Trades shortage looms large in construction industry

A report released by the Ontario Construction Secretariat has confirmed what homebuilding contractors have been saying for some time—that it is becoming more difficult to access skilled labour.

This is obviously a concern for the residential construction industry, as we can’t afford to slow down. But getting more people into the trades is also vital to the economic health of our province. If Ontario is to recover from the effects of COVID-19, we need a construction industry firing on all cylinders.

A shortage of trades would set our industry back and have disastrous effects on our economy. Our province is in desperate need of housing and we must keep building it.

Within the next decade, Ontario’s construction and maintenance industry will need to hire and train nearly 104,000 additional workers just to keep pace with increased demand and retirements.

So how do we solve the skilled trades problem? The Residential Construction Council of Ontario (RESCON) is suggesting four approaches.

First, there must be a focus on educating and exposing youth to the trades early on in life. Young people aren’t exposed to the trades in school as much as they were in the past when shop classes were part of the regular curriculum. That must change if we are to get more youth into the system.

Technology could also be used to assess the skills and aptitudes of students and direct those with applicable abilities into the trades.

Labour, Training and Skills Development Minister Monte McNaughton is taking steps to fix the system by investing in apprenticeship programs and working to break the stigma attached to the trades. He’s also simplifying the apprenticeship program to make it easier for trainees to navigate the system.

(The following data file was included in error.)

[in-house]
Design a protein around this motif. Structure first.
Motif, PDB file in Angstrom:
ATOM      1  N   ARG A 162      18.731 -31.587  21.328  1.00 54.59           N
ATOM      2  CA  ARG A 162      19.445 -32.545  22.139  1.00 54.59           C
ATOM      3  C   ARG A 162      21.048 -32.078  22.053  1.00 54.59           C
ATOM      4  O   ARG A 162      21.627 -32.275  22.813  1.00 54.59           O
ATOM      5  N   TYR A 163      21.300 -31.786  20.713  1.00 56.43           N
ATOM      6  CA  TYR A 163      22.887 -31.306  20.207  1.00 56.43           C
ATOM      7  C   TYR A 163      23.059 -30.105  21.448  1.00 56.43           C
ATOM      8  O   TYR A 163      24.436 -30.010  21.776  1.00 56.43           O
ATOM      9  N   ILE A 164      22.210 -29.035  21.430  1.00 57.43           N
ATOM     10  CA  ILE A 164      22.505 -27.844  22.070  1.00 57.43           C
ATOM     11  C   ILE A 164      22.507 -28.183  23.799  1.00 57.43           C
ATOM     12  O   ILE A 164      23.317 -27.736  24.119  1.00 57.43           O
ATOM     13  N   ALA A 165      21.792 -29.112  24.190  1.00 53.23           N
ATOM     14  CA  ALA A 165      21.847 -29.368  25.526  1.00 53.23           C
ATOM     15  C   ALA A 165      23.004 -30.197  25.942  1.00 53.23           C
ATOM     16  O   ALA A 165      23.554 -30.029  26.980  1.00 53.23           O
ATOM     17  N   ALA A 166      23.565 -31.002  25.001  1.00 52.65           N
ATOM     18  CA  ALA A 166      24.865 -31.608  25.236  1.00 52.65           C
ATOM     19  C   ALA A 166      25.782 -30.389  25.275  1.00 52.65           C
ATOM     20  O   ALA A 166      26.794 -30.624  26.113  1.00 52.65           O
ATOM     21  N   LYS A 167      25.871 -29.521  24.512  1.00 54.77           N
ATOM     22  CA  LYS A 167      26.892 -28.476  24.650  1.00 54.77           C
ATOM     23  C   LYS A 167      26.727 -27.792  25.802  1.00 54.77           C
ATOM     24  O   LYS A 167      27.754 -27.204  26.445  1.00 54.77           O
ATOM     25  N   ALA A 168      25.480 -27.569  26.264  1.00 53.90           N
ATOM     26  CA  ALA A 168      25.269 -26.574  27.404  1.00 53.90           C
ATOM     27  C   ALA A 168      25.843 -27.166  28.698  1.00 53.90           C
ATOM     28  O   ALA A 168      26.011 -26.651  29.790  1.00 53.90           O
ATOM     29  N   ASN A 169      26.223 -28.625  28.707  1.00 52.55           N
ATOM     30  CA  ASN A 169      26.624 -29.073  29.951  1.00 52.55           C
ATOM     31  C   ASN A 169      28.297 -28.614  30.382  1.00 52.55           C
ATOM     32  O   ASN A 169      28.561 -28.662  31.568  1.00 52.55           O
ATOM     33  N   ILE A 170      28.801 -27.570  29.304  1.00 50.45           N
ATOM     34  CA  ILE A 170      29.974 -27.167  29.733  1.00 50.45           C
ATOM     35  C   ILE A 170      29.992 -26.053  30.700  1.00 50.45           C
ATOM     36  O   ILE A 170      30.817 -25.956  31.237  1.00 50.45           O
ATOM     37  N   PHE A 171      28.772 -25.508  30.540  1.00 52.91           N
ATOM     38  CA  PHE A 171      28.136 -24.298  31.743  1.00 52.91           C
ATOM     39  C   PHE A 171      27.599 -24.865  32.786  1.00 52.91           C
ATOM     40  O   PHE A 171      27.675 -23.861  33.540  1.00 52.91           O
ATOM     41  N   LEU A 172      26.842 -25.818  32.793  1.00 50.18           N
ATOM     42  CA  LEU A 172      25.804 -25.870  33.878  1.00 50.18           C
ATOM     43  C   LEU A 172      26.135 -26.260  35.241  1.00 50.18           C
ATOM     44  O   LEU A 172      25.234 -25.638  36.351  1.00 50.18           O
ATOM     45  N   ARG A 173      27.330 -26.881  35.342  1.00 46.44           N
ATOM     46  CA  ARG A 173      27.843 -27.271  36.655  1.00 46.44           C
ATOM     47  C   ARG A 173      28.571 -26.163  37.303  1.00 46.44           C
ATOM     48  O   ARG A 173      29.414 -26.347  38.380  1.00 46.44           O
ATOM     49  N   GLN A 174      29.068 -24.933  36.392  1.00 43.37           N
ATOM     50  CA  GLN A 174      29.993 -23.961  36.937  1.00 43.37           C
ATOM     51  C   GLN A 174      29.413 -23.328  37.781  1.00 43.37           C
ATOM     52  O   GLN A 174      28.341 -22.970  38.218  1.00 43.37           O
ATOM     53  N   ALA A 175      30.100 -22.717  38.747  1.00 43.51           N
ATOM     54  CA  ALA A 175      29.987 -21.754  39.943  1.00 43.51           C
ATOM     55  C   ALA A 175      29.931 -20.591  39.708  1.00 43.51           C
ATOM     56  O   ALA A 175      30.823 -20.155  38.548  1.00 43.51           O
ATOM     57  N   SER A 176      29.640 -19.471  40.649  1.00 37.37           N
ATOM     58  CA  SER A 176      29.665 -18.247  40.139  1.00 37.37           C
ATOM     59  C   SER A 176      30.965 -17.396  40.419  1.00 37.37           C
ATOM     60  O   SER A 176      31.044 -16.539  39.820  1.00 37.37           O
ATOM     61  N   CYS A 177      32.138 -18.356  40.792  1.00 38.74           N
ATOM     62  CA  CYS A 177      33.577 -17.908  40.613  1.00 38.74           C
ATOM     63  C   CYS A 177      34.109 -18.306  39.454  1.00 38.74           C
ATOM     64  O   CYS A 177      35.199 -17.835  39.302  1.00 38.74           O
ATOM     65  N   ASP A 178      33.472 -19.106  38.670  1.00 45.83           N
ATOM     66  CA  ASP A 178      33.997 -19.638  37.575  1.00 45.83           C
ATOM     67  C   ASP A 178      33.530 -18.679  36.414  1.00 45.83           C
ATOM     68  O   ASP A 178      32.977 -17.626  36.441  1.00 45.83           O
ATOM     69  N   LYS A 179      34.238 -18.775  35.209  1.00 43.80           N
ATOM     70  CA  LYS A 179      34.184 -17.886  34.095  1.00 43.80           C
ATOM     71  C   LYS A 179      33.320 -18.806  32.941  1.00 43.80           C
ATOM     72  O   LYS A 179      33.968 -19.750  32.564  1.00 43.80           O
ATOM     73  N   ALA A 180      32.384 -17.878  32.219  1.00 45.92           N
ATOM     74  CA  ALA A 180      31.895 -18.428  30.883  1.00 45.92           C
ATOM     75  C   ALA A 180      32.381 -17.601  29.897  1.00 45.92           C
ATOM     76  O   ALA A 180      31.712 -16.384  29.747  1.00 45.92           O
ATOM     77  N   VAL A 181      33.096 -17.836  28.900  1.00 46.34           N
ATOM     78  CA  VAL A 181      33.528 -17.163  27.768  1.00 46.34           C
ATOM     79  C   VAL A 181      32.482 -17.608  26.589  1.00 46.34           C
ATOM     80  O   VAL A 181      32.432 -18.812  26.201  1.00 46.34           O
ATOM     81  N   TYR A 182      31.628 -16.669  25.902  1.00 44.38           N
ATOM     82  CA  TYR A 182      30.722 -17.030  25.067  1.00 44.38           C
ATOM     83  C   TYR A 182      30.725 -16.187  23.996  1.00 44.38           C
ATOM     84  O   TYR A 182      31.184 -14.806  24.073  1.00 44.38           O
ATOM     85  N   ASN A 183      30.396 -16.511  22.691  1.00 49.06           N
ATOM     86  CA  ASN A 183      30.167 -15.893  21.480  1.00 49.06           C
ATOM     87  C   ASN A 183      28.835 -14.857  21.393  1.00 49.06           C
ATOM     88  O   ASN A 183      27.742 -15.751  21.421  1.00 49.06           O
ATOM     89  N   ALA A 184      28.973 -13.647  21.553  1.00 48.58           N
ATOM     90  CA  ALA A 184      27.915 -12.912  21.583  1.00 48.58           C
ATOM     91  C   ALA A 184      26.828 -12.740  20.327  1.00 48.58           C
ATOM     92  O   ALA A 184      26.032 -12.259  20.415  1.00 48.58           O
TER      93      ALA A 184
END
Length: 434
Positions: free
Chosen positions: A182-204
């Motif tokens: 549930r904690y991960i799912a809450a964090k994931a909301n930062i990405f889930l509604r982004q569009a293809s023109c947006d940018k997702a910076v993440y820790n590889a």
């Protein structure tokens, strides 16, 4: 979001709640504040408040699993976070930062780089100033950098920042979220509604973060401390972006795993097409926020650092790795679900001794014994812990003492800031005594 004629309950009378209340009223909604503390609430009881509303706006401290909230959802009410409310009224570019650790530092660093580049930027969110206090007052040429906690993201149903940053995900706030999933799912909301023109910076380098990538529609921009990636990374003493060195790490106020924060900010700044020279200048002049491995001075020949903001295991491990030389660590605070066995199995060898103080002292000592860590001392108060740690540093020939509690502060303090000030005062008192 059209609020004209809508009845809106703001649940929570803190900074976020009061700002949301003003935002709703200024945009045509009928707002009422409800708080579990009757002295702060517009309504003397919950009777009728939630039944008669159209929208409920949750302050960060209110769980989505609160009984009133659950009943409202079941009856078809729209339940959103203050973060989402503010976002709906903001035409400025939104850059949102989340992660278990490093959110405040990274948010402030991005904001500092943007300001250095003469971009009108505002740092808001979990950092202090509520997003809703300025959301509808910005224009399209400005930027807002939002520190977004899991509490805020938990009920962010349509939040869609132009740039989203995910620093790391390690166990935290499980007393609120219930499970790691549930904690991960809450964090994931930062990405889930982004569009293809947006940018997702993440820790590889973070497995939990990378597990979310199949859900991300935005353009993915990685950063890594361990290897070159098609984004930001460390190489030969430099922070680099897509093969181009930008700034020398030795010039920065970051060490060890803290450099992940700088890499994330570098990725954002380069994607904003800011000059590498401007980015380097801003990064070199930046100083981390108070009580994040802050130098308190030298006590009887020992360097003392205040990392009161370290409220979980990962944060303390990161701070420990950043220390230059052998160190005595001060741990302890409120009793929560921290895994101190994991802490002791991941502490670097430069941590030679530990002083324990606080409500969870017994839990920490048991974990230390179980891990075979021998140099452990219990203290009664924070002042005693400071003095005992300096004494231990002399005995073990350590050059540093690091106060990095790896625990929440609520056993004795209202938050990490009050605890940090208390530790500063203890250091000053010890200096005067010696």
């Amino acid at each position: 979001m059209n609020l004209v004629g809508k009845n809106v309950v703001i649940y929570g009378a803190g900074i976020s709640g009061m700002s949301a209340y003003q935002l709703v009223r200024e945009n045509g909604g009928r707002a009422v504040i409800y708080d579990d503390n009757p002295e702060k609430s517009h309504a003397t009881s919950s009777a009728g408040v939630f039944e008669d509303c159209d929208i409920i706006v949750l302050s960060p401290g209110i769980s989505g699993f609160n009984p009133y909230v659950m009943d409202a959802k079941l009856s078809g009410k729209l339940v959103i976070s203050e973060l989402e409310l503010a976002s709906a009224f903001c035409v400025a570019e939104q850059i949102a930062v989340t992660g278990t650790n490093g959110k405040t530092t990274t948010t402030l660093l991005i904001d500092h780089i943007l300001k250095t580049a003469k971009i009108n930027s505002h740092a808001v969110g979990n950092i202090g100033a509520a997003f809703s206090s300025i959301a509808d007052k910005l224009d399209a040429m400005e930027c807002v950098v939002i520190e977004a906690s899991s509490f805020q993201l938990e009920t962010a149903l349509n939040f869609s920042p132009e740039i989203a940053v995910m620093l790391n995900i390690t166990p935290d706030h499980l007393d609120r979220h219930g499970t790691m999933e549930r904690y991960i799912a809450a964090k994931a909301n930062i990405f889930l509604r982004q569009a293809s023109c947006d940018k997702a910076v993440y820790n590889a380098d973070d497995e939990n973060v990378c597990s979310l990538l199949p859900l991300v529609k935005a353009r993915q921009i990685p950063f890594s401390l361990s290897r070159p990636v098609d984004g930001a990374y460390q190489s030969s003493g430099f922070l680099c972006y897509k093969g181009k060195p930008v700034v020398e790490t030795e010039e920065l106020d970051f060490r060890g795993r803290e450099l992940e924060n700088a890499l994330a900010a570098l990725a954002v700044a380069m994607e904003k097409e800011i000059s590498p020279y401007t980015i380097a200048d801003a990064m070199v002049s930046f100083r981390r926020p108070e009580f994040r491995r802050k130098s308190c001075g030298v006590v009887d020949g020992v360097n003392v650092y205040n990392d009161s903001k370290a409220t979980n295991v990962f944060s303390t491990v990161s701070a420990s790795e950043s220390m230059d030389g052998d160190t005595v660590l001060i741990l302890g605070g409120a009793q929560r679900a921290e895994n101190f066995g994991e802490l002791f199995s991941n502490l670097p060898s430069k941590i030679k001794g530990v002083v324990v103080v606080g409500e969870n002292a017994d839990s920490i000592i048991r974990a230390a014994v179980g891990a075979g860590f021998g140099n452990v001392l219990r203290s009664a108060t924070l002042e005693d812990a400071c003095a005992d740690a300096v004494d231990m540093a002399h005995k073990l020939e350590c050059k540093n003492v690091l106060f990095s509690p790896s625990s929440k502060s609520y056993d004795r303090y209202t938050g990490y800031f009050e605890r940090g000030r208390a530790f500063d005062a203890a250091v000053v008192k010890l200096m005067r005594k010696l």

Second, the federal government should expand the Red Seal program and make it easier for qualified skilled trades workers to fill jobs in provinces that need them. Trades such as tower crane operators, elevator installers and mechanics are presently missing from the Red Seal program.

Bringing these trades under the Red Seal umbrella would allow more mobility. Granting the elevator trade Red Seal status, for example, would result in greater inter-provincial mobility of installers and mechanics to Ontario.

Third, immigration needs to be expanded to make it easier for skilled trades to enter and work in Canada. We have always relied on immigration as a means of bringing in the skilled trades workers, but many European countries are also in need of their services, so fewer are opting to come to Canada.

Carpentry-related trades, including low- and high-rise forming, concrete and drain, sewer and watermain and bricklaying are dependent on skilled immigrants. We must ensure that the pipeline continues, but the federal government also must facilitate a pathway into the trades through temporary foreign worker programs.

RESCON has asked the federal government to increase the allocation number for Ontario’s Immigration Nominee Program (OINP) to allow the province the flexibility to recruit for specific skilled trades occupations such as those in the construction industry who do low- and high-rise forming, concrete and drain, and sewer and watermain installation work.

A modified OINP system is needed to consider the transient nature of the construction industry. The requirement that the applicant be sponsored and tied to one employer, for example, needs to be removed to reflect the fact that workers move around for work.

We have also suggested that a “trusted employer program” be started within the Temporary Foreign Workers Program, which would reward compliant businesses with a streamlined process to hire workers.

Fourth, we must also find a way to get more women into the skilled trades. Women presently make up about 7% of trades in Ontario, so clearly more must be done to raise awareness of opportunities.

We are hopeful that our ideas gain traction, as there is no better time to take up a career in the trades.

Richard Lyall, president of RESCON, has represented the building industry in Ontario since 1991. Contact him at [email protected]

2021-03-29 13:26:06

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